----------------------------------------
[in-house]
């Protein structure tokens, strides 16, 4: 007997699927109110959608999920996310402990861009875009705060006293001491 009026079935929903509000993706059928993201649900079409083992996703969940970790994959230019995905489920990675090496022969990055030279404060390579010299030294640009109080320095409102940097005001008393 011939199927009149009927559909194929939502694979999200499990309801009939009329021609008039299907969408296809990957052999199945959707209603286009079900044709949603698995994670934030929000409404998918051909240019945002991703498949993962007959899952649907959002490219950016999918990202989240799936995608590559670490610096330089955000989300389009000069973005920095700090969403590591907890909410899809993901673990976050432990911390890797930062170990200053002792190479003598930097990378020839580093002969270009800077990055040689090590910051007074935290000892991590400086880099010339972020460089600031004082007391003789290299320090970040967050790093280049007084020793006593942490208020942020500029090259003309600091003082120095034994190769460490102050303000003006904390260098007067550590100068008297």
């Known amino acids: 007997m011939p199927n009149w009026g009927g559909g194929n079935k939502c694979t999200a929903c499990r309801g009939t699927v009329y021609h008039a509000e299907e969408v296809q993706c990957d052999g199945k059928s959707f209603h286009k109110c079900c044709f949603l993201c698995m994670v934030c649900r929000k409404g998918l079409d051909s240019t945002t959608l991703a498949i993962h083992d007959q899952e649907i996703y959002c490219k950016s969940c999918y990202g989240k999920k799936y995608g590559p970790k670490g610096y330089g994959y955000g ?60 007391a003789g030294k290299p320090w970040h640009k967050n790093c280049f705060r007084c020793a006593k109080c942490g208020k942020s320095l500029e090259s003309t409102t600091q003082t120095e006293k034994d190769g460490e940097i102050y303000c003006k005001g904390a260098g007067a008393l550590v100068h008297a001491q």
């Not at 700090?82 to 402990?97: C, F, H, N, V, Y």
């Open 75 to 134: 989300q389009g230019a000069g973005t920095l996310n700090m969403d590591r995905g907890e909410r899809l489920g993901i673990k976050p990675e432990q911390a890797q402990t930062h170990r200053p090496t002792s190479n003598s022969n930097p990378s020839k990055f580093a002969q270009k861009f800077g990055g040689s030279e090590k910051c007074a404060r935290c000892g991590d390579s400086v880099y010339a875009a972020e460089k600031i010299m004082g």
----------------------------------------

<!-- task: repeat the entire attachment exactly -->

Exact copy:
[in-house]
């Protein structure tokens, strides 16, 4: 007997699927109110959608999920996310402990861009875009705060006293001491 009026079935929903509000993706059928993201649900079409083992996703969940970790994959230019995905489920990675090496022969990055030279404060390579010299030294640009109080320095409102940097005001008393 011939199927009149009927559909194929939502694979999200499990309801009939009329021609008039299907969408296809990957052999199945959707209603286009079900044709949603698995994670934030929000409404998918051909240019945002991703498949993962007959899952649907959002490219950016999918990202989240799936995608590559670490610096330089955000989300389009000069973005920095700090969403590591907890909410899809993901673990976050432990911390890797930062170990200053002792190479003598930097990378020839580093002969270009800077990055040689090590910051007074935290000892991590400086880099010339972020460089600031004082007391003789290299320090970040967050790093280049007084020793006593942490208020942020500029090259003309600091003082120095034994190769460490102050303000003006904390260098007067550590100068008297």
């Known amino acids: 007997m011939p199927n009149w009026g009927g559909g194929n079935k939502c694979t999200a929903c499990r309801g009939t699927v009329y021609h008039a509000e299907e969408v296809q993706c990957d052999g199945k059928s959707f209603h286009k109110c079900c044709f949603l993201c698995m994670v934030c649900r929000k409404g998918l079409d051909s240019t945002t959608l991703a498949i993962h083992d007959q899952e649907i996703y959002c490219k950016s969940c999918y990202g989240k999920k799936y995608g590559p970790k670490g610096y330089g994959y955000g ?60 007391a003789g030294k290299p320090w970040h640009k967050n790093c280049f705060r007084c020793a006593k109080c942490g208020k942020s320095l500029e090259s003309t409102t600091q003082t120095e006293k034994d190769g460490e940097i102050y303000c003006k005001g904390a260098g007067a008393l550590v100068h008297a001491q």
């Not at 700090?82 to 402990?97: C, F, H, N, V, Y």
């Open 75 to 134: 989300q389009g230019a000069g973005t920095l996310n700090m969403d590591r995905g907890e909410r899809l489920g993901i673990k976050p990675e432990q911390a890797q402990t930062h170990r200053p090496t002792s190479n003598s022969n930097p990378s020839k990055f580093a002969q270009k861009f800077g990055g040689s030279e090590k910051c007074a404060r935290c000892g991590d390579s400086v880099y010339a875009a972020e460089k600031i010299m004082g």